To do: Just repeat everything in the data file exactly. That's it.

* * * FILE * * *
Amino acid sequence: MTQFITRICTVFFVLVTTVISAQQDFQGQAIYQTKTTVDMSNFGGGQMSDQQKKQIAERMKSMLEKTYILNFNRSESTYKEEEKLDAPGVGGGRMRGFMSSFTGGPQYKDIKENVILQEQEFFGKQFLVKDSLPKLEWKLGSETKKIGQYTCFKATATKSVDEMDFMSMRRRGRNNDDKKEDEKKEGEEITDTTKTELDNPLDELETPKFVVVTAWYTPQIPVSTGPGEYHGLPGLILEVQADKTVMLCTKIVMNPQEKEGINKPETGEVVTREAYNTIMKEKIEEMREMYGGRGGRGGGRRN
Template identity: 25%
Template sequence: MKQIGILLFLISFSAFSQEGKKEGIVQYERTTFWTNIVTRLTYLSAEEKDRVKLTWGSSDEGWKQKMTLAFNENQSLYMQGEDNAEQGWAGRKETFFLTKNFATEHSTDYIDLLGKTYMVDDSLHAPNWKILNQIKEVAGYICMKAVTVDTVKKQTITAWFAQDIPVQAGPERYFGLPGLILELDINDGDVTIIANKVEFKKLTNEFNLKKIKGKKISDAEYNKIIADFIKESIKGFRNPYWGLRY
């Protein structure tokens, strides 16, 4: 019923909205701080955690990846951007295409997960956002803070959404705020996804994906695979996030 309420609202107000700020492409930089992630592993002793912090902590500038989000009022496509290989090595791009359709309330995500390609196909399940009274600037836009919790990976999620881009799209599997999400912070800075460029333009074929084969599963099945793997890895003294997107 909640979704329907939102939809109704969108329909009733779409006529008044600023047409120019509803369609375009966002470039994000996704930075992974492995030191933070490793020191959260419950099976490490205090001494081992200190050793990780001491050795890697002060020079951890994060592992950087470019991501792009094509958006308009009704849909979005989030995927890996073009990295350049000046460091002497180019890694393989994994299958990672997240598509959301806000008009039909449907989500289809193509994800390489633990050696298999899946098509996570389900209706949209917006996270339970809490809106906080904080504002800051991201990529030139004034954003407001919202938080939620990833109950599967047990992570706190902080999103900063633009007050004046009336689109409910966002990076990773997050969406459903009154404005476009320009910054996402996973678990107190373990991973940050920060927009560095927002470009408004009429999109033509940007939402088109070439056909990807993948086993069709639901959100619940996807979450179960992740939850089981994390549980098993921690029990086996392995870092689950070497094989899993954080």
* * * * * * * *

Amino acid sequence: MTQFITRICTVFFVLVTTVISAQQDFQGQAIYQTKTTVDMSNFGGGQMSDQQKKQIAERMKSMLEKTYILNFNRSESTYKEEEKLDAPGVGGGRMRGFMSSFTGGPQYKDIKENVILQEQEFFGKQFLVKDSLPKLEWKLGSETKKIGQYTCFKATATKSVDEMDFMSMRRRGRNNDDKKEDEKKEGEEITDTTKTELDNPLDELETPKFVVVTAWYTPQIPVSTGPGEYHGLPGLILEVQADKTVMLCTKIVMNPQEKEGINKPETGEVVTREAYNTIMKEKIEEMREMYGGRGGRGGGRRN
Template identity: 25%
Template sequence: MKQIGILLFLISFSAFSQEGKKEGIVQYERTTFWTNIVTRLTYLSAEEKDRVKLTWGSSDEGWKQKMTLAFNENQSLYMQGEDNAEQGWAGRKETFFLTKNFATEHSTDYIDLLGKTYMVDDSLHAPNWKILNQIKEVAGYICMKAVTVDTVKKQTITAWFAQDIPVQAGPERYFGLPGLILELDINDGDVTIIANKVEFKKLTNEFNLKKIKGKKISDAEYNKIIADFIKESIKGFRNPYWGLRY
């Protein structure tokens, strides 16, 4: 019923909205701080955690990846951007295409997960956002803070959404705020996804994906695979996030 309420609202107000700020492409930089992630592993002793912090902590500038989000009022496509290989090595791009359709309330995500390609196909399940009274600037836009919790990976999620881009799209599997999400912070800075460029333009074929084969599963099945793997890895003294997107 909640979704329907939102939809109704969108329909009733779409006529008044600023047409120019509803369609375009966002470039994000996704930075992974492995030191933070490793020191959260419950099976490490205090001494081992200190050793990780001491050795890697002060020079951890994060592992950087470019991501792009094509958006308009009704849909979005989030995927890996073009990295350049000046460091002497180019890694393989994994299958990672997240598509959301806000008009039909449907989500289809193509994800390489633990050696298999899946098509996570389900209706949209917006996270339970809490809106906080904080504002800051991201990529030139004034954003407001919202938080939620990833109950599967047990992570706190902080999103900063633009007050004046009336689109409910966002990076990773997050969406459903009154404005476009320009910054996402996973678990107190373990991973940050920060927009560095927002470009408004009429999109033509940007939402088109070439056909990807993948086993069709639901959100619940996807979450179960992740939850089981994390549980098993921690029990086996392995870092689950070497094989899993954080």